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Diabetes and Diabetic Eye Disease

Created on: Wednesday, November 16, 2016

The United States has one of the highest rates of diabetes among all developed countries. According to the Centers for Disease Control (CDC), 29 million or 9.3% of the population has diabetes. Approximately 8 million people have diabetes, but don’t know they have it. The CDC further reports that 86 million people in the US have prediabetes and one third of these people will go on to develop diabetes. In fact, one in three Americans will develop diabetes in their lifetime. All of these numbers are growing at alarming rates. Diabetic eye disease is the number one cause of blindness in working-aged Americans. In addition to affecting the eyes, diabetes can cause problems with the kidneys, heart, brain, feet and nerves. Most of these complications, however, can be prevented with proper management and treatment.

What is diabetes?

Much of what we eat and drink is broken down into glucose. This glucose is transported throughout the body via the blood to cells where it is used by muscles for energy or stored as fat. These cells require insulin to allow glucose to enter the cells. In diabetes, there is a problem in getting this glucose into the cells so the glucose remains in the blood. The elevated blood sugar damages blood vessel walls leading to leaky blood vessels and reduced blood flow to your body’s organs. Diabetes is diagnosed by one of several tests measuring blood glucose levels. Fasting blood glucose of over 125 mg/dl or casual blood glucose of over 200 mg/dl or hemoglobin A1c of over 6.5%. Prediabetes is defined as a casual blood glucose level of 140-199 mg/dl.

Types of diabetes

Type I diabetes occurs when the insulin producing cells in the pancreas have been damaged and produce little or no insulin. This type of diabetes is usually discovered in people younger than 20.

Type II diabetes occurs when our body resists the effect of insulin or the body does not produce enough insulin. This type of diabetes is most common in people over 45 years of age.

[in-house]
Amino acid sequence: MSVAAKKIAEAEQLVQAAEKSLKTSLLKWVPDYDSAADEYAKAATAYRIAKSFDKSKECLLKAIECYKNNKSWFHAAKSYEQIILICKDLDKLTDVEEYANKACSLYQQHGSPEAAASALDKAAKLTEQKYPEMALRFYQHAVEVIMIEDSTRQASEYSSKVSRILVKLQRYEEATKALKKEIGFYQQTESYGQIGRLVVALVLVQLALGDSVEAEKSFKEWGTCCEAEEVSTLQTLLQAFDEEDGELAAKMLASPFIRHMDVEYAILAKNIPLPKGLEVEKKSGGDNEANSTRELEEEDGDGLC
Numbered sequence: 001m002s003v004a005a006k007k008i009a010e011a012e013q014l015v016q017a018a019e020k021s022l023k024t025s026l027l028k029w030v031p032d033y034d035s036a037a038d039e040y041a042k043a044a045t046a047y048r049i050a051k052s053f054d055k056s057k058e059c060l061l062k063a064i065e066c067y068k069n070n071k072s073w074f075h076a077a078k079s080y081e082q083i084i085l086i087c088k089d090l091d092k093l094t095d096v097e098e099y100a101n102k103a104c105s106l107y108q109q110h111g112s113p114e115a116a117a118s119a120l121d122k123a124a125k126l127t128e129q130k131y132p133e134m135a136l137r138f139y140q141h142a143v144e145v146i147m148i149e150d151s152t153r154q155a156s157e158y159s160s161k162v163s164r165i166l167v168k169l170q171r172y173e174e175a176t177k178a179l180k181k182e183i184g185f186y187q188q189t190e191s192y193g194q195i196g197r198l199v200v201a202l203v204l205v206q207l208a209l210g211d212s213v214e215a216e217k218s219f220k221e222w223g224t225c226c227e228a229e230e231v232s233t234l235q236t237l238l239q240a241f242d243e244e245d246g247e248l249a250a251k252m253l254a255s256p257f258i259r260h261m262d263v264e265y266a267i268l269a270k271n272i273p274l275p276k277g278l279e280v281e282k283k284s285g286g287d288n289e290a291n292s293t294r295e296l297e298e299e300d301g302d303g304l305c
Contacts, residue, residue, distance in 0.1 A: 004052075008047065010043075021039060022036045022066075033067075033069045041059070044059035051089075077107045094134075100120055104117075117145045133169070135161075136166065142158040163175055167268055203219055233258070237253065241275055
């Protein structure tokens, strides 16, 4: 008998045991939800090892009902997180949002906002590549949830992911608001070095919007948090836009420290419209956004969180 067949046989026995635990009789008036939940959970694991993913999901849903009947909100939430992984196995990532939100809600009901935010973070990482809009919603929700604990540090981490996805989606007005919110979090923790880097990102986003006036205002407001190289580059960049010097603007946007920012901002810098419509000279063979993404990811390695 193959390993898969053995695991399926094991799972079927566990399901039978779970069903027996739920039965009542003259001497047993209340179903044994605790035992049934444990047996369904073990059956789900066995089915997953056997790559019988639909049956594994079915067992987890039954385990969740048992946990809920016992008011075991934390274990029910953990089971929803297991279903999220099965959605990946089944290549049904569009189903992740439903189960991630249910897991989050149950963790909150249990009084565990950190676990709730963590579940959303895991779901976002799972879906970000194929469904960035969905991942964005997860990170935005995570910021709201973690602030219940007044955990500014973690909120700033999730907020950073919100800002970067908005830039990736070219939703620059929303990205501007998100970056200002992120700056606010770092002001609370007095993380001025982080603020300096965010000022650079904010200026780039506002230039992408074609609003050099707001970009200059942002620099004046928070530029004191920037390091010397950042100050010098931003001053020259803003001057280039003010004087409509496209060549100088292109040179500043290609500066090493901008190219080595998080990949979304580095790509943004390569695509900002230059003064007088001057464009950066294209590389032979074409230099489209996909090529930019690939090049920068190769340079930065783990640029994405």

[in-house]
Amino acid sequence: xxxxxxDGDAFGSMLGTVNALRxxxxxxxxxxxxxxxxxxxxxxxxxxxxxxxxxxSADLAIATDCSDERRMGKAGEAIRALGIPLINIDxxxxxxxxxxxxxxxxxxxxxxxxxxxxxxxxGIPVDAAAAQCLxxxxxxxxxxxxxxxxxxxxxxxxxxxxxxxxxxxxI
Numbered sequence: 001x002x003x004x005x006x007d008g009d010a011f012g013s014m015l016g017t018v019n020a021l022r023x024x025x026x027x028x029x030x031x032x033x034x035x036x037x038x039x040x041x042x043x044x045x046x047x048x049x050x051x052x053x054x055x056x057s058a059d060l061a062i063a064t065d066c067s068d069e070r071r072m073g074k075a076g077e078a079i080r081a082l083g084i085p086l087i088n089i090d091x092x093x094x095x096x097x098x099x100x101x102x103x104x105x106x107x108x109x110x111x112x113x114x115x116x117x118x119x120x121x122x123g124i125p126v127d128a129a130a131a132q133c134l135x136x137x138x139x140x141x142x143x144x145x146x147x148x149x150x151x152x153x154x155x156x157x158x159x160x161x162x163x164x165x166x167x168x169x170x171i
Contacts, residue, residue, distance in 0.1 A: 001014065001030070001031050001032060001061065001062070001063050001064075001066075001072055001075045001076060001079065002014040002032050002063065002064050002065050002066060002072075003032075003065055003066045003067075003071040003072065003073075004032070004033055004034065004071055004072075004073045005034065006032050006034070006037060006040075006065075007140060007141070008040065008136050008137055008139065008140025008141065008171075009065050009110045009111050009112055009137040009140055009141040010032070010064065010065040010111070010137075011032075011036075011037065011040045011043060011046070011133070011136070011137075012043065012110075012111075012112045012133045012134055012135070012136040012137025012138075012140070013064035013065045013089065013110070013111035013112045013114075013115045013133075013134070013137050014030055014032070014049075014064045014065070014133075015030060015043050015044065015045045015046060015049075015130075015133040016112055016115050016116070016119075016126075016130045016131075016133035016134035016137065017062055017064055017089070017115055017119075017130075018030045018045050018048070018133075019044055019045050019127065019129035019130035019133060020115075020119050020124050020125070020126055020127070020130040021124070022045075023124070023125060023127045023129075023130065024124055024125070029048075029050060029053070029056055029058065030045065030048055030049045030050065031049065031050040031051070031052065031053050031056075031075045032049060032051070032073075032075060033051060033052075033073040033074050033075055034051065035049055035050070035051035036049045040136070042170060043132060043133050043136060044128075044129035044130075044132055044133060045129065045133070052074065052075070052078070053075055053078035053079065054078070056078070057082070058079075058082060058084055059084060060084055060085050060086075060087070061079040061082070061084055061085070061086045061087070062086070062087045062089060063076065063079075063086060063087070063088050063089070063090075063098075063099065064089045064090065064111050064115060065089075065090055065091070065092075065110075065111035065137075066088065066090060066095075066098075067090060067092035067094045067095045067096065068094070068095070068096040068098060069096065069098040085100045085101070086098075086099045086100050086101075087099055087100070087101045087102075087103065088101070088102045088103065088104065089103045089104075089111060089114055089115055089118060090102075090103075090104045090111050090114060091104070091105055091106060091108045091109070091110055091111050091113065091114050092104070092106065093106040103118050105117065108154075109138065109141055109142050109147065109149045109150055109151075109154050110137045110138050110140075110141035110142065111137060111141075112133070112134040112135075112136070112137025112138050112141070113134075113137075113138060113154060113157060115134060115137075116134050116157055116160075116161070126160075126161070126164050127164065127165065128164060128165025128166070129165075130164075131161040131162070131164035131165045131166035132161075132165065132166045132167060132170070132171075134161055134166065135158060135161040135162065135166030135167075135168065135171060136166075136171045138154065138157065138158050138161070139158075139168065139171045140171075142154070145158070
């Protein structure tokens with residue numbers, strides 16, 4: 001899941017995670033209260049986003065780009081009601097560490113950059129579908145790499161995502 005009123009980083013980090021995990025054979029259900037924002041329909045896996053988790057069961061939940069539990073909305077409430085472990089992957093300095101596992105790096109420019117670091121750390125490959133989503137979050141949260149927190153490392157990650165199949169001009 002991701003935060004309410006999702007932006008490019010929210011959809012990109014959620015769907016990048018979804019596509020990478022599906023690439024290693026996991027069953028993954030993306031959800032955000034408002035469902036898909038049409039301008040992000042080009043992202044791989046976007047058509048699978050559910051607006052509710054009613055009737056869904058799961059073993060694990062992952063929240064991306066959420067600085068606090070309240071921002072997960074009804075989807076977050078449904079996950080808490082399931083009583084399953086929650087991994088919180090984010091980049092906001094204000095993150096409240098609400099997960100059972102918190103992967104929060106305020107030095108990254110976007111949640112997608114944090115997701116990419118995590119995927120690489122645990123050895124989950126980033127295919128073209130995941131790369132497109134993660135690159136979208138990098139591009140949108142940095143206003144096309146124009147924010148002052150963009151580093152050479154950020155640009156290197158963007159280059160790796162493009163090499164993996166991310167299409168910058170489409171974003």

How does diabetes affect the eye?

The retina is the thin layer of neural tissue that lines the back of the eye and it contains the photoreceptors that send visual signals to the brain. The macula is the small area of the retina responsible for our most acute vison for reading, driving and seeing fine detail. The retina requires a lot of blood flow through retinal and sub-retinal blood vessels to transport nutrients for normal function. When chronically high levels of blood glucose are present, the retinal blood vessel walls are damaged so that they leak blood or result in poor blood flow. This is called diabetic retinopathy. The early stages of diabetic retinopathy are called non-proliferative. This includes aneurysms, hemorrhages or leaking of blood fluid called exudates. There can also be swelling of the retinal tissue called cotton wool spots due to lack of adequate blood flow. The more advanced stage of diabetic eye disease is called proliferative diabetic retinopathy. This is characterized by growth of abnormal new blood vessels (neovascularization). These new blood vessels break and bleed and they provide the highest risk of vision loss. The number one cause of blindness in diabetics is when these blood vessels cause swelling of the macula (macular edema)

How is diabetic eye disease treated?

The best way to avoid diabetic eye disease and to manage early diabetic retinopathy is to control your blood glucose level, control blood pressure, control cholesterol levels, eat a healthy diet, exercise regularly and avoid smoking. If vision is threatened by more advanced diabetic eye disease, retinal specialists can treat the disease with lasers and/or eye injections. A very important key to success is timely diagnosis and intervention. Therefore, it is very important for all diabetics to have a dilated retinal exam every year or even more often if you have visual symptoms.

 

 Dr. Greg Kraupa Dr. Greg Kraupa, OD 

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